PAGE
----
Cognitive behavior includes spatial orientation; problems with memory, learning, housetraining; and recognizing and reacting to human family members.
Pet owners have long been frustrated by age-related behavior changes, including house-training problems, apparent memory loss, disorientation, confusion, staring, wandering, getting stuck in corners, sleep disturbances (waking at the wrong time, sleeping unusually deeply, night pacing), restlessness, barking, separation anxiety, panting, drooling, obsessive licking, etc. Progression of clinical signs is very gradual; most owners fail to recognize the early stages.
These changes are often written off as being due to normal aging. A recent study at the University of California School of Veterinary Medicine demonstrates how common these observations are: out of 69 dogs participating, 32% of the 11-year old dogs were affected by this syndrome and 100% of the dogs 16 years of age older were affected.
Still, the high frequency with which the syndrome is seen in older dogs does not make the behavior normal. Other studies have shown that dogs affected by this syndrome show deposition of amyloid (a protein) in their brains in patterns very similar to the amyloid plaques found in the brains of human Alzheimer’s patients.
In addition, cognitive dysfunction is often associated with the depletion of dopamine, a neurotransmitter.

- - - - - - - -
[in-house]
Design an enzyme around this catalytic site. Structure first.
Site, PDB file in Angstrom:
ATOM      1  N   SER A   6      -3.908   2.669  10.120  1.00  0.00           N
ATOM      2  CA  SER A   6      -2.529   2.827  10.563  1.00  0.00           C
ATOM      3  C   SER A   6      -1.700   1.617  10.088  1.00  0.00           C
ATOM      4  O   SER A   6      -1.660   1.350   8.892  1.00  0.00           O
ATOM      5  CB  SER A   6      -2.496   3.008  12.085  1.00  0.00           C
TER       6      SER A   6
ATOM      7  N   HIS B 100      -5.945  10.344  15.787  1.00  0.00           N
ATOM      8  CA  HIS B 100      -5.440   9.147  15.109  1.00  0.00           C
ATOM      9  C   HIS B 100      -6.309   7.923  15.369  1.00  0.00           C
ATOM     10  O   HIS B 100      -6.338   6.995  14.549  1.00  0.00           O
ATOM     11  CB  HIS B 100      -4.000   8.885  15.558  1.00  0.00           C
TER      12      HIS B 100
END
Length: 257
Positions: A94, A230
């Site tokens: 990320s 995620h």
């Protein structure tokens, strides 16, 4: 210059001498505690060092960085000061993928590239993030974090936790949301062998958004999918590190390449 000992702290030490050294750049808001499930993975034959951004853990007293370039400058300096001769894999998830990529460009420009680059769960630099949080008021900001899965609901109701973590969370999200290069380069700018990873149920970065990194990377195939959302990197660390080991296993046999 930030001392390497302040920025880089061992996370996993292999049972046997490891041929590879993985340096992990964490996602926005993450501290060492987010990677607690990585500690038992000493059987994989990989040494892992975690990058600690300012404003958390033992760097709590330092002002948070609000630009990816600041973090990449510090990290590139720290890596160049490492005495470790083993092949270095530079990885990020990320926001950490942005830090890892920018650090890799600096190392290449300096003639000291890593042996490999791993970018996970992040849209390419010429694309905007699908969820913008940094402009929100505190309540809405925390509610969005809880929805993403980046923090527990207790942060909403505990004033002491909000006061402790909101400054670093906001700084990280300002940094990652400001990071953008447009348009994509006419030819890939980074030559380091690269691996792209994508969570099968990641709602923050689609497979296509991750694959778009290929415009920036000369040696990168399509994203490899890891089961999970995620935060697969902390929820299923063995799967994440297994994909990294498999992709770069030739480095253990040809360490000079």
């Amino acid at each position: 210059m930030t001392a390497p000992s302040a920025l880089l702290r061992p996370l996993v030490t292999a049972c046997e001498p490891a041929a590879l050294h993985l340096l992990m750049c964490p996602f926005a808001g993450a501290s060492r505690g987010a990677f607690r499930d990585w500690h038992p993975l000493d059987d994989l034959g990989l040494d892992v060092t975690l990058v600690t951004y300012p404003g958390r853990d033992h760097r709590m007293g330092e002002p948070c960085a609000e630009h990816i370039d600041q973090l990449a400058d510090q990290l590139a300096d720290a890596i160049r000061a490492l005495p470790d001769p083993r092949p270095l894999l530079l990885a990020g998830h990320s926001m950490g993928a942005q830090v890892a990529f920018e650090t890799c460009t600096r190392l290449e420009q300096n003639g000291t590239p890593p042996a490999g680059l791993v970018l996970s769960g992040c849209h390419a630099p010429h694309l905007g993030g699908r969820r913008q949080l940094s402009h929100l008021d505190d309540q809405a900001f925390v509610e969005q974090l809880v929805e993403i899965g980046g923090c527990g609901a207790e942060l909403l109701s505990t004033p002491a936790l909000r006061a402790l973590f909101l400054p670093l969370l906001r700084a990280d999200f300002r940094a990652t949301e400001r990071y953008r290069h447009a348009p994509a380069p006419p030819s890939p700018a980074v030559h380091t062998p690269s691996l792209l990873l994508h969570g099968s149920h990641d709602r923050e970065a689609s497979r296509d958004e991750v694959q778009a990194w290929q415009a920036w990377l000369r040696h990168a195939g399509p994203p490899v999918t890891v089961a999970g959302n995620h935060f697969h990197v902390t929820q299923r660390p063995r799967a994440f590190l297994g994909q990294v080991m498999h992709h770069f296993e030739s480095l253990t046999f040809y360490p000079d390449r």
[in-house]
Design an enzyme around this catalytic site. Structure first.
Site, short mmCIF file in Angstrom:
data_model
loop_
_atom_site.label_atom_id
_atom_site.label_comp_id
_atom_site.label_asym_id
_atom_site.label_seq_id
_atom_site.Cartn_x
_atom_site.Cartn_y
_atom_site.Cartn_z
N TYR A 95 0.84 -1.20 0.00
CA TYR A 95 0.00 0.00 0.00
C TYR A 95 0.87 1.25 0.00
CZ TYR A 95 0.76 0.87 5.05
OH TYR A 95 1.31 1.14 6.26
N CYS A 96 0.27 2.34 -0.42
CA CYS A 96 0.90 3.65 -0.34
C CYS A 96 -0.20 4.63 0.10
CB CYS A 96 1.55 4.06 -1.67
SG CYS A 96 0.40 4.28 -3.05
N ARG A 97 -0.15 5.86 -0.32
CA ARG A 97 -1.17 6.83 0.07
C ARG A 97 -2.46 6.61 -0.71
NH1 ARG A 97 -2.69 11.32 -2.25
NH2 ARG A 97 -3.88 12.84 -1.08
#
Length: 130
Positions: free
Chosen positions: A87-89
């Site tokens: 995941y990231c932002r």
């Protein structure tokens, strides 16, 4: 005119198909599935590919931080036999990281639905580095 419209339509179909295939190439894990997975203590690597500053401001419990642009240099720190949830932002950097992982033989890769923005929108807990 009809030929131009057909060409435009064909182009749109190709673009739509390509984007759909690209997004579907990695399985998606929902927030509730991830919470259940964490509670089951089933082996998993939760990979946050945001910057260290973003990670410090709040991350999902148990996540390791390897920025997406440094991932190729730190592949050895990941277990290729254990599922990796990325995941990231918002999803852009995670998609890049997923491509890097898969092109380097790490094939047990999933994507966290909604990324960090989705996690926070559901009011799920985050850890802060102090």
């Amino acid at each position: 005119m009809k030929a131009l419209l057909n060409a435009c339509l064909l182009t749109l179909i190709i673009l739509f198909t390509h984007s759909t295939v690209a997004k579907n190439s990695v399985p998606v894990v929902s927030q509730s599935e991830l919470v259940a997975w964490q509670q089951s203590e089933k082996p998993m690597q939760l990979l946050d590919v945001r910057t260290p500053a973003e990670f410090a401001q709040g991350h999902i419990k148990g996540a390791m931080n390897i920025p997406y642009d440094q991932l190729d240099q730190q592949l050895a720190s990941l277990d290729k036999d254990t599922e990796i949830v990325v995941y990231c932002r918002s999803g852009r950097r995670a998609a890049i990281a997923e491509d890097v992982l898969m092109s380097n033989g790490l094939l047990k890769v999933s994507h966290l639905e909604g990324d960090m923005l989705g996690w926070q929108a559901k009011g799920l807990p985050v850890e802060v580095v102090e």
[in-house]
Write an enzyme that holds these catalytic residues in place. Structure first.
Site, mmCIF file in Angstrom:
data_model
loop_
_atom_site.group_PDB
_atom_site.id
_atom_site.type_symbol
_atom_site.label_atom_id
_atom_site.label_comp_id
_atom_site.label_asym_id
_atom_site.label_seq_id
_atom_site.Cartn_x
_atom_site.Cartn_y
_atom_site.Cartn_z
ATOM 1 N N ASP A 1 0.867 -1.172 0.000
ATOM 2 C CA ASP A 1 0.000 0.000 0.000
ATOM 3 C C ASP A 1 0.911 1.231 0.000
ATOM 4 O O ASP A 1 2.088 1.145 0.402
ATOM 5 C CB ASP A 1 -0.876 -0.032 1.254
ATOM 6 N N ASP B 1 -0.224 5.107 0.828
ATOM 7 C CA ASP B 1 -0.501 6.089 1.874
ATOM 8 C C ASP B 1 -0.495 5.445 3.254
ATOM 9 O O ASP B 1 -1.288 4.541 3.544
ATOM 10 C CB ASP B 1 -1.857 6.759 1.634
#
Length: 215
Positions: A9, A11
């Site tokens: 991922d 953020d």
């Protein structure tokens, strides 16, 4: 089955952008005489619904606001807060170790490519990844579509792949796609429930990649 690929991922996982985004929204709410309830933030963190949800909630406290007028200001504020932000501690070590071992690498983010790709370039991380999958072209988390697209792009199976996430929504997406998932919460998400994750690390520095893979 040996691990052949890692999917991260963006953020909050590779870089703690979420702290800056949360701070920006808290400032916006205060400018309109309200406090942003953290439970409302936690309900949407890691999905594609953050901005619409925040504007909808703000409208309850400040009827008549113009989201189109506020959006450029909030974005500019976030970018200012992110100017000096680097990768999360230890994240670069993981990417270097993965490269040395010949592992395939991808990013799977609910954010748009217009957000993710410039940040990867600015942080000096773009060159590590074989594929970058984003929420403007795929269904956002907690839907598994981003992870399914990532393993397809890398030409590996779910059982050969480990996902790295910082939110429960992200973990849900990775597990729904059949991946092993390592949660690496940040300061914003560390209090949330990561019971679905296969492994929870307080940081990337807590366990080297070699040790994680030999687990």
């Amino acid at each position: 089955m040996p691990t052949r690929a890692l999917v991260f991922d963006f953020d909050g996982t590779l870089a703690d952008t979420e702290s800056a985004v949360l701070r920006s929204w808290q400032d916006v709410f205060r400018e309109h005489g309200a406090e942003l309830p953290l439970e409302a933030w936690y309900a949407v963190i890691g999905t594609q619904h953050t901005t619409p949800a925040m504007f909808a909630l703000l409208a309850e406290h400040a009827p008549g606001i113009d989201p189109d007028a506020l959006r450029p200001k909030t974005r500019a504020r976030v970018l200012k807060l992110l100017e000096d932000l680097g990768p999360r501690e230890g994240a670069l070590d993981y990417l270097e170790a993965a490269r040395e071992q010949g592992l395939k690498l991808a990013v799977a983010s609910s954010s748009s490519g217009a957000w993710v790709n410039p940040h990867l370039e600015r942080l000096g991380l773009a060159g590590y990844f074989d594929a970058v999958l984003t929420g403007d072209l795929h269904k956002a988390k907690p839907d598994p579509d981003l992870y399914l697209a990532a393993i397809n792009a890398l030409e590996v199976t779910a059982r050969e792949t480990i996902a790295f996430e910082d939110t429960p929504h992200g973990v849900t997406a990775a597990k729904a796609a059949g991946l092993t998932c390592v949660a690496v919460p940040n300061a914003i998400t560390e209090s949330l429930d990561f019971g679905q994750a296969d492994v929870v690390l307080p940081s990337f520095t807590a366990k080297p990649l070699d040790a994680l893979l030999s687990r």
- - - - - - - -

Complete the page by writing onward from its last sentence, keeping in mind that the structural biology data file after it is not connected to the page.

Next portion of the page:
Treatments that may help improve cognitive dysfunction include L-Deprenyl, dietary changes, and environmental enrichment.
L-Deprenyl helps prolong dopamine activity. This may account for part of its efficacy in treating cognitive dysfunction. In addition, since dopamine breakdown results free radicals, L-Deprenyl also helps reduce amounts of free radicals in the brain.Of the 69 dogs mentioned in the above University of California study, approximately 76% showed improvement on L-Deprenyl after one month of therapy. Some dogs improved in the first few days or weeks; some dogs did not show improvement until the second month. Often dogs continued to improve during the first three months. Anecdotally, the earlier L-Deprenyl is started, the better the result.
When using L-Deprenyl to treat cognitive dysfunction, if no improvement is seen after the first month, your veterinarian may recommend doubling the dose for an additional month before deciding the drug may not be useful in that particular pet.
Hill’s Prescription Diet B/D contains antioxidants (mixed tocopherols, vitamin C, beta-carotene, carotenoids, and flavenoids), mitochondrial cofactors, and omega-3 fatty acids (EPA, DHA). The diet has been shown to improve the performance of a number of cognitive tasks, when compared to older dogs on a non-supplemented diet. Improvements have been seen as early as to 2 to 8 weeks after the onset of therapy.
Just because they’re old doesn’t mean your dogs can’t learn new things. Use their intelligence to improve the quality of their lives.
If your old dog’s vision is still good, teach signals. This will serve as a back-up if hearing fails, which it often does. Signals are fun for dogs and are a more natural language for them than words.
Grooming (touch) will help your dog cope with vision and hearing loss. Your touch will help guide your dog.
In a laboratory study of older dogs over a 2-year period, environmental enrichment (e.g., housing with another dog, playing daily with toys) was shown to be effective tool for task learning. In fact, the combined effect of a special diet and enriched environment provided the greatest improvement in learning ability when compared to the dogs who did not have either dietary or environmental enrichment.
With proper care, older dogs can be helped to manage the cognitive changes they will encounter. Old age is not a disease.
From: THE PET HEALTH LIBRARY (http://www.veterinarypartners.com)
By Wendy C. Brooks, DVM, DipABVP